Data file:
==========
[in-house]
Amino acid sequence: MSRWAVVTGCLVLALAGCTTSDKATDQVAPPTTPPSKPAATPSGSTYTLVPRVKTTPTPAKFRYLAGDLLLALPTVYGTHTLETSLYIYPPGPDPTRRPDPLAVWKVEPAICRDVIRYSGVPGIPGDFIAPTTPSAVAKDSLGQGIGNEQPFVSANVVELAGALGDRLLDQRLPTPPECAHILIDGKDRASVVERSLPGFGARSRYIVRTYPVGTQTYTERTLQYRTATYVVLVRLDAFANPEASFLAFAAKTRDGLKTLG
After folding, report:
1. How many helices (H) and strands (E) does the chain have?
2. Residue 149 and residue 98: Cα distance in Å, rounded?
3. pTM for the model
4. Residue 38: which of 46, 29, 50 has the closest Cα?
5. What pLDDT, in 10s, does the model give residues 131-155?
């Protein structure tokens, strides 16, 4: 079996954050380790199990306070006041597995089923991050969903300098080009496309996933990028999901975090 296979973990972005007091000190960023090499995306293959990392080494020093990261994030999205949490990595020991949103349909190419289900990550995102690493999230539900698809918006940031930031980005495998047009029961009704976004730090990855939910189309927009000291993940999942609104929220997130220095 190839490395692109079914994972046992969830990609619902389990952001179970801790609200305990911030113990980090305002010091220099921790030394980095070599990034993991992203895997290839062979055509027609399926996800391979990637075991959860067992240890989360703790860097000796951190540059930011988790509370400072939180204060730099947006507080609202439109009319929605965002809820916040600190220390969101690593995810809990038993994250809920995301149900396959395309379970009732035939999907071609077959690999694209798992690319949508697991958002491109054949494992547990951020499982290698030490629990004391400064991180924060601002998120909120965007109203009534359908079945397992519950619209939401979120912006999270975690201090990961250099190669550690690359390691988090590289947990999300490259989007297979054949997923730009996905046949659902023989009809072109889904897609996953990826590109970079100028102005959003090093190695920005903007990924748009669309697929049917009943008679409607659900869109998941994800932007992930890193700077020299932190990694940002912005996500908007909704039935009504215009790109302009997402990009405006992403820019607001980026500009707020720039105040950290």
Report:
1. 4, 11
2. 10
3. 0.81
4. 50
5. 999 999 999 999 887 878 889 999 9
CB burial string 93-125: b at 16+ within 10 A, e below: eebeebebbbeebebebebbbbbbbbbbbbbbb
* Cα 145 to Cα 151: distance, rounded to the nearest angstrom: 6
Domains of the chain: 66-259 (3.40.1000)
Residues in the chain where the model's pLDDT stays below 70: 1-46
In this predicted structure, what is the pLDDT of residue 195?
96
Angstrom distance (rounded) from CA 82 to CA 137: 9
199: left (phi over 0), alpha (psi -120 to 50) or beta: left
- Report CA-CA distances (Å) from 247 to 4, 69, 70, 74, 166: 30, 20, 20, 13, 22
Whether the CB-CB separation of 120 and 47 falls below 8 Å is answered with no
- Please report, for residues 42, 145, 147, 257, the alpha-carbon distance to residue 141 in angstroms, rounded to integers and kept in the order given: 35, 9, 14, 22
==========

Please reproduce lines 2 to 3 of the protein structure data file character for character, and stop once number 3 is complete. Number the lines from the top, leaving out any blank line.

Amino acid sequence: MSRWAVVTGCLVLALAGCTTSDKATDQVAPPTTPPSKPAATPSGSTYTLVPRVKTTPTPAKFRYLAGDLLLALPTVYGTHTLETSLYIYPPGPDPTRRPDPLAVWKVEPAICRDVIRYSGVPGIPGDFIAPTTPSAVAKDSLGQGIGNEQPFVSANVVELAGALGDRLLDQRLPTPPECAHILIDGKDRASVVERSLPGFGARSRYIVRTYPVGTQTYTERTLQYRTATYVVLVRLDAFANPEASFLAFAAKTRDGLKTLG
After folding, report: